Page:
Ethereum Competitor Radix Surges 18% in a Week
As Ethereum blockchain is on the final leg of migrating to proof-of-stake protocol, from proof-of-work, its competitors are being closely watched by the crypto investors. This includes Radix blockchain, whose native token XRD has gained 5.90% in the past 24 hours to $0.067238. In the past one week, the token has appreciated by 17.80%. Let us quickly look how Radix is setting itself apart from Ethereum in order to gain market share in several decentralized apps.
Radix is a decentralized layer-1 protocol that focuses on DeFi apps. DeFi, which translates to ‘decentralized finance,’ is a developing blockchain app that democratizes the availability of financial instruments, eliminating middlemen including banks. Peer-to-peer (P2P) solutions such as crypto lending, savings, and initial-phase investments are made available to DeFi participants without prequalifications, limits, or even other traditional procedures.
Radix was founded five years before by its current CTO and Head of Engineering, Dan Hughes, an accomplished blockchain engineer with a background dating back to 2011. Hughes participated on Bitcoin scalability initiatives in the past, such as Blocktrees (2013), Directed Acyclic Graphs (DAGs) (2015), and Channeled Asynchronous State Trees (CAST) in 2016.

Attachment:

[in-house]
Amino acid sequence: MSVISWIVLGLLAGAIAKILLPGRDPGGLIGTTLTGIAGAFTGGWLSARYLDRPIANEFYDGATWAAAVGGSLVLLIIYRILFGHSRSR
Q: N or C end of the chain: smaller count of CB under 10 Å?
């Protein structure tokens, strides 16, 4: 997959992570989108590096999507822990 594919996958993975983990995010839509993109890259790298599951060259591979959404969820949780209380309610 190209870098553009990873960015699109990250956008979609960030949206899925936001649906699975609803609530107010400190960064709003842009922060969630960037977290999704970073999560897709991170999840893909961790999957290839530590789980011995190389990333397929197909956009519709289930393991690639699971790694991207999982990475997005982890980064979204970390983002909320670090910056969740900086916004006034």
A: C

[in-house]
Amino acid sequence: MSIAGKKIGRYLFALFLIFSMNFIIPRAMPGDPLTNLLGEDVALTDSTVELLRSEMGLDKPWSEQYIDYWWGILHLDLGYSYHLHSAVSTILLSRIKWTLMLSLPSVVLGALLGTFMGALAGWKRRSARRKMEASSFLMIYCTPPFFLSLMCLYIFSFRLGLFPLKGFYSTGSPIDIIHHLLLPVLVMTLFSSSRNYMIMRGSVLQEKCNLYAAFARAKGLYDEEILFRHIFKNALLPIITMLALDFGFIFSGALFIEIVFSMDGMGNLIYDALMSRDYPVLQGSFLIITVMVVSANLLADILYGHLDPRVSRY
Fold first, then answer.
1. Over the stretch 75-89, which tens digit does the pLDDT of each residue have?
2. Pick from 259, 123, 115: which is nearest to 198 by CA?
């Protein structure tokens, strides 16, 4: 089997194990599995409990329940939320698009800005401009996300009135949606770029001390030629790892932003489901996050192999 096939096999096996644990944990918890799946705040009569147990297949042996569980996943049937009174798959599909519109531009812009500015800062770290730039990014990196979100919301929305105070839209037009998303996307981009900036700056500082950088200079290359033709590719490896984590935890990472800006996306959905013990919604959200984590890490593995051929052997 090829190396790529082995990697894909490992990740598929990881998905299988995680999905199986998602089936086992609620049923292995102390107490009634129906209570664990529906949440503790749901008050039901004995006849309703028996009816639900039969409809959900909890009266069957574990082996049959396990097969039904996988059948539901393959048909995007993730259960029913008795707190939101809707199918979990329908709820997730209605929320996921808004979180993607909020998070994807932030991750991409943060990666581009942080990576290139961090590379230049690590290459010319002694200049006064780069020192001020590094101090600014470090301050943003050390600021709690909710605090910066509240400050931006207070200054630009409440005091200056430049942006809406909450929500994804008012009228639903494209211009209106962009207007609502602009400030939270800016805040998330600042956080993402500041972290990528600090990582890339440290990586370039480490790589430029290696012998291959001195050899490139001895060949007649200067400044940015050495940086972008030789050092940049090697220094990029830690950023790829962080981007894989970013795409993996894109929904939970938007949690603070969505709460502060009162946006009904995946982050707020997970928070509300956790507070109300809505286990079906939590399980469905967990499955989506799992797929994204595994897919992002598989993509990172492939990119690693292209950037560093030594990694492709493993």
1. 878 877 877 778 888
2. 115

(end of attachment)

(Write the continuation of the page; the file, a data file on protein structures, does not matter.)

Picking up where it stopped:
Tempo, which he developed at the start of 2017 and which influenced his conception of Radix subsequently, was the predecessor of Radix. Radix derives a substantial portion of its fundamental philosophy from Tempo, such as the crucial notion of sharding to improve blockchain computational efficiency.
Radix intends to supersede Ethereum as the platform of choice for developers of decentralized apps (dApps). As a consequence, it has released a proprietary Ethereum Virtual Machine (EVM) alternative referred to as the Radix Engine, a Rust-inspired programming language for decentralized application development dubbed Scrypto, and chosen to utilize delegated proof of stake (dPoS) as its consensus protocol.
Notable is that the debut of Radix’s public mainnet occurred in July 2021, four years after the initiative was announced in September 2017. Within this time frame, Radix’s core programmers issued the in-house XRD token on the Ethereum platform in order to assist with fundraising endeavors.
The Radix protocol is made up of three elements. These include:
1. Radix Engine (Execution layer);
2. Cerberus (consensus layer);
3. Delegated Proof of Stake (Consensus mechanism).
The three elements work together to guarantee that the network meets its aims, which include the processing of decentralized applications quickly and securely. Examine each aspect in further detail.
1. Radix Engine
The Radix Engine is comparable to the Ethereum Virtual Machine, which hosts and executes smart contracts. This layer is also known as the application or processing layer.